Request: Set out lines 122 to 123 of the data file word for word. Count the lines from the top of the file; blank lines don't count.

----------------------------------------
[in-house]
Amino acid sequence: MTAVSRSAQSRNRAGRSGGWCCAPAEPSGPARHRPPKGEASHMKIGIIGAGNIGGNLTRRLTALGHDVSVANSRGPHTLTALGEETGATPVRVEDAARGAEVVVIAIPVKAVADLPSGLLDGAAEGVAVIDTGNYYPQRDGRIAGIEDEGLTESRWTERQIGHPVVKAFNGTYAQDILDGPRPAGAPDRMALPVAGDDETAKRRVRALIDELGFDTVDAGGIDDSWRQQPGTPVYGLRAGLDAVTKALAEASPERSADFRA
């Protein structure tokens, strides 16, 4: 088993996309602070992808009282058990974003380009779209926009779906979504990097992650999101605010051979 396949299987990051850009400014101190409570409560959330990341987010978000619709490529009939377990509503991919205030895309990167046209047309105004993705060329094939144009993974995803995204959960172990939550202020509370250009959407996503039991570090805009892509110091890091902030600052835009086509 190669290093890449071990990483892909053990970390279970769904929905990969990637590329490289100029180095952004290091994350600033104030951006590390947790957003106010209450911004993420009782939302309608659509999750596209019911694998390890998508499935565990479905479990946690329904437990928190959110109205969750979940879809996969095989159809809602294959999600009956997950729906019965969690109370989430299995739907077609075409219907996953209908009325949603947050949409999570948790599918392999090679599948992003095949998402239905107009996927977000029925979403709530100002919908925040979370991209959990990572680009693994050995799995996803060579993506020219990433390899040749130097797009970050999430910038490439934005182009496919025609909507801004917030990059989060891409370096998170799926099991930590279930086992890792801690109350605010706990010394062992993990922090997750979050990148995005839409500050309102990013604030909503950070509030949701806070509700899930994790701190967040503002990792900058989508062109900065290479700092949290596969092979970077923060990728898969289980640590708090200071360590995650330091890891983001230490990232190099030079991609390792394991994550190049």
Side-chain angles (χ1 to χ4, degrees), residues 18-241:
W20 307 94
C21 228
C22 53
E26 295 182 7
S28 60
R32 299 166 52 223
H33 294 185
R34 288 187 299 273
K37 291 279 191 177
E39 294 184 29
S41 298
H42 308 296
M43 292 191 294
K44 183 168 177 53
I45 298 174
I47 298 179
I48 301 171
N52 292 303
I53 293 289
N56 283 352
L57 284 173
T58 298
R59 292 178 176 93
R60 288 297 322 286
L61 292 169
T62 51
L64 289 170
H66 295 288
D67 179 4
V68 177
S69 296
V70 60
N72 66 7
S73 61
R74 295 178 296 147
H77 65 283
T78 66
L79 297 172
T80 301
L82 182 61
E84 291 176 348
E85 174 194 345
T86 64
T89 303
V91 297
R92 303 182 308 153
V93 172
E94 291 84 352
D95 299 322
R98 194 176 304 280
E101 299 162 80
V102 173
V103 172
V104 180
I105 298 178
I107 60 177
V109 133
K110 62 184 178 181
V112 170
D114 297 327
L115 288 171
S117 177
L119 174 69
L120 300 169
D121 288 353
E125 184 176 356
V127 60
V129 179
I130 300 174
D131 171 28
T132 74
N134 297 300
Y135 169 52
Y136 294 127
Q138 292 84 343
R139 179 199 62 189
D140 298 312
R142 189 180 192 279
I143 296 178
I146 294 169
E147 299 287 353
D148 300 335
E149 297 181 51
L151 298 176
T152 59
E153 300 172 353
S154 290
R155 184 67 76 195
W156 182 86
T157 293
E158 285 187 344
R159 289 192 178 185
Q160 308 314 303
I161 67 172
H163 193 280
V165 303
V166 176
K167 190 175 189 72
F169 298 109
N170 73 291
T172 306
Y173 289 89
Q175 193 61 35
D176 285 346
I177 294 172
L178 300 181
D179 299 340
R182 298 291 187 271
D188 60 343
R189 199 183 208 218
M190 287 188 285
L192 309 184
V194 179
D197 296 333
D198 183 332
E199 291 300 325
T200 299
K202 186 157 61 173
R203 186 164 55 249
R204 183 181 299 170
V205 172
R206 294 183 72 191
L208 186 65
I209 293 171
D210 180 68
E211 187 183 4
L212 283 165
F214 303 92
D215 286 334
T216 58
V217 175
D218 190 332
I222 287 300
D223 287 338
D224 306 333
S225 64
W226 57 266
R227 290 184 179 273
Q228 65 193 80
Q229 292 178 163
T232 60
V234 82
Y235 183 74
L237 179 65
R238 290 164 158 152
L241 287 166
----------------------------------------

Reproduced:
K202 186 157 61 173
R203 186 164 55 249